Long-time readers are familiar with my companion cat, Minky. After all, it is her regal portrait that appears as my icon. Three years ago she was diagnosed with asthma and a collapsed lung lobe. Three years of twice-daily prednisone and bronchodilators later her fur quality had become coarser, and Minky’s beautiful chocolate pointes had faded. Her devotion never flagged; each morning I read blogs with Minky in my lap. She wouldn’t miss it for the world.
December 22, 2010 she came and sat by my feet in the early evening. As I contemplated her, I realized she was once again in respiratory distress. Dear Dr. Jason, her veterinarian, had given me his cell phone number several hospitalizations ago. Cats, like human children, seem to have a pronounced tendency to get sick after office hours, you see. We went into our emergency drill, which included my injecting Minky with the syringe of medicine stored for such occasions, and met Dr. Jason at his office. She was an exemplary patient when she was really ill (don’t bring that stuff near her when she felt better!). The mood was calm and efficient as Dr. Jason gave her the usual medicines, and prepared the oxygen cage for her.
As I said, we’d done all this three times before. The next morning she would be weaned off oxygen and I could bring her home. This time, she was again in trouble without the oxygen, so back in the oxygen cage she went for another night away from home. Dr. Jason marveled that most cats struggle against the oxygen, but Minky just stretched out her neck to be nearer the flow. In fact, the usual behavior for a sick cat is to go off and hide under the bed, not present themself for treatment.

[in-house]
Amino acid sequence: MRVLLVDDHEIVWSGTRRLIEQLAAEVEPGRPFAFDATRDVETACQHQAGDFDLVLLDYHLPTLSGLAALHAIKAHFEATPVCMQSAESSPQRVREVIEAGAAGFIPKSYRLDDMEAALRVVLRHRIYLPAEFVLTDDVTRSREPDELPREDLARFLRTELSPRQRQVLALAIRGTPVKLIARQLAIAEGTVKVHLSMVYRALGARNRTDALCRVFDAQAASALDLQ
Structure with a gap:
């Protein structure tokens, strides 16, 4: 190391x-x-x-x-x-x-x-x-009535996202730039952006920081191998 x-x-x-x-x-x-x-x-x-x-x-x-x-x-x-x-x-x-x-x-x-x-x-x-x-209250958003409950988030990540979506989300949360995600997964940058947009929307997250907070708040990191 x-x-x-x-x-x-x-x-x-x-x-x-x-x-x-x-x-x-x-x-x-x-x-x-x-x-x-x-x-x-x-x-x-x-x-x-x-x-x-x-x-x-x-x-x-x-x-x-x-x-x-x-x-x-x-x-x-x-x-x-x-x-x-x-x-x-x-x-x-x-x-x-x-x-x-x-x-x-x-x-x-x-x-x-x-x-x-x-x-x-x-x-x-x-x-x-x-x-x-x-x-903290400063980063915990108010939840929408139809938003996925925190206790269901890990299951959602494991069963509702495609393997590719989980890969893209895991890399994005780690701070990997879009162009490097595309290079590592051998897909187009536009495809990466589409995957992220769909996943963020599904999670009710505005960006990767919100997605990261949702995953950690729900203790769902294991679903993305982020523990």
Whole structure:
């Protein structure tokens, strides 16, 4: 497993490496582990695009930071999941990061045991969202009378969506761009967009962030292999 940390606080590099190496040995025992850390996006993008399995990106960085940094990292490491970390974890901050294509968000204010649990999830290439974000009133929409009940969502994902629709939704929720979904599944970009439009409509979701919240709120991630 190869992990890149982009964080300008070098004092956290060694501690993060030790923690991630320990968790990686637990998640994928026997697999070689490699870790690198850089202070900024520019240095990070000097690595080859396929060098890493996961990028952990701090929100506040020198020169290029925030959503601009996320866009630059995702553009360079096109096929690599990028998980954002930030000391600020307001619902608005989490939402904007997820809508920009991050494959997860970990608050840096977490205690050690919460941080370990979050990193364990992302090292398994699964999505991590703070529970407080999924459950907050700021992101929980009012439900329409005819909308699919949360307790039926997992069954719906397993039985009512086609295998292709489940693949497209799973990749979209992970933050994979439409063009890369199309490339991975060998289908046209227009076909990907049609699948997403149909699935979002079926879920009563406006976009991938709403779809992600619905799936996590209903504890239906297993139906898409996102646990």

The second morning, December 24, it was clear that there had been no improvement. Even the oxygen wasn’t giving Minky comfort. She purred at my arrival, but couldn’t really hold her head up. I’ve always prayed for the wisdom to know when quality of life was no longer present, and that time had arrived. DH and I signed the euthanasia papers, consenting to the one gift we could give Minky.
Today, one week later, I have written of Minky’s passing both in tribute to a magnificent cat and to share our experience with you. It would have been easier to say something sanitized about “losing” my dear cat; yet I know many of you have fur children and may have to make such difficult decisions in the future.
Our priest, Fr. Chad, sites C. S. Lewis, who believed that God, who gave us the companionship and love of our fur children will surely have them waiting for us with Him in heaven. Rest in peace, dear friend.